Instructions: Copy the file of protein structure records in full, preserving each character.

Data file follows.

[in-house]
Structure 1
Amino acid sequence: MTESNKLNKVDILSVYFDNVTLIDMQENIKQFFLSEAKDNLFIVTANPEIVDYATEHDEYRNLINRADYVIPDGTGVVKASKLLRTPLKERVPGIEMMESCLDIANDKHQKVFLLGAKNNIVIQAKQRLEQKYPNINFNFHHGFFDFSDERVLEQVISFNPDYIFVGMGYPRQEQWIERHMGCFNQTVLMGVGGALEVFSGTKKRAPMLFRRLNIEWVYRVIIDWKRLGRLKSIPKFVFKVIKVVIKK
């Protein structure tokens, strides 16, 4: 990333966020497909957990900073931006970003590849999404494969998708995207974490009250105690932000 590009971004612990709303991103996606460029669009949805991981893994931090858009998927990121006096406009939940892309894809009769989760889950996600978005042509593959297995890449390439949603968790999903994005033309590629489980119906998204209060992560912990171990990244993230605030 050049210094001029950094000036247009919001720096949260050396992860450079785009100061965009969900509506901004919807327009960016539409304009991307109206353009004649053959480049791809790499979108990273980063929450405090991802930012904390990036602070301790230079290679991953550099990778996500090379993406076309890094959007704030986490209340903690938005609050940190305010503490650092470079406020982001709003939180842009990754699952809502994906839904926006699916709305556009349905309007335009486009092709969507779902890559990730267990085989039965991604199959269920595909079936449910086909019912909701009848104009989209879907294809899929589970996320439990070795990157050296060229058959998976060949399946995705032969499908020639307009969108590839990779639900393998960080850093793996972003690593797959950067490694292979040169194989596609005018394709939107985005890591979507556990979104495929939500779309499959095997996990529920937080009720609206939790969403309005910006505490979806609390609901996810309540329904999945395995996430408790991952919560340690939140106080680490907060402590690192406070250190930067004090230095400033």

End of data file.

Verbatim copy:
[in-house]
Structure 1
Amino acid sequence: MTESNKLNKVDILSVYFDNVTLIDMQENIKQFFLSEAKDNLFIVTANPEIVDYATEHDEYRNLINRADYVIPDGTGVVKASKLLRTPLKERVPGIEMMESCLDIANDKHQKVFLLGAKNNIVIQAKQRLEQKYPNINFNFHHGFFDFSDERVLEQVISFNPDYIFVGMGYPRQEQWIERHMGCFNQTVLMGVGGALEVFSGTKKRAPMLFRRLNIEWVYRVIIDWKRLGRLKSIPKFVFKVIKVVIKK
């Protein structure tokens, strides 16, 4: 990333966020497909957990900073931006970003590849999404494969998708995207974490009250105690932000 590009971004612990709303991103996606460029669009949805991981893994931090858009998927990121006096406009939940892309894809009769989760889950996600978005042509593959297995890449390439949603968790999903994005033309590629489980119906998204209060992560912990171990990244993230605030 050049210094001029950094000036247009919001720096949260050396992860450079785009100061965009969900509506901004919807327009960016539409304009991307109206353009004649053959480049791809790499979108990273980063929450405090991802930012904390990036602070301790230079290679991953550099990778996500090379993406076309890094959007704030986490209340903690938005609050940190305010503490650092470079406020982001709003939180842009990754699952809502994906839904926006699916709305556009349905309007335009486009092709969507779902890559990730267990085989039965991604199959269920595909079936449910086909019912909701009848104009989209879907294809899929589970996320439990070795990157050296060229058959998976060949399946995705032969499908020639307009969108590839990779639900393998960080850093793996972003690593797959950067490694292979040169194989596609005018394709939107985005890591979507556990979104495929939500779309499959095997996990529920937080009720609206939790969403309005910006505490979806609390609901996810309540329904999945395995996430408790991952919560340690939140106080680490907060402590690192406070250190930067004090230095400033």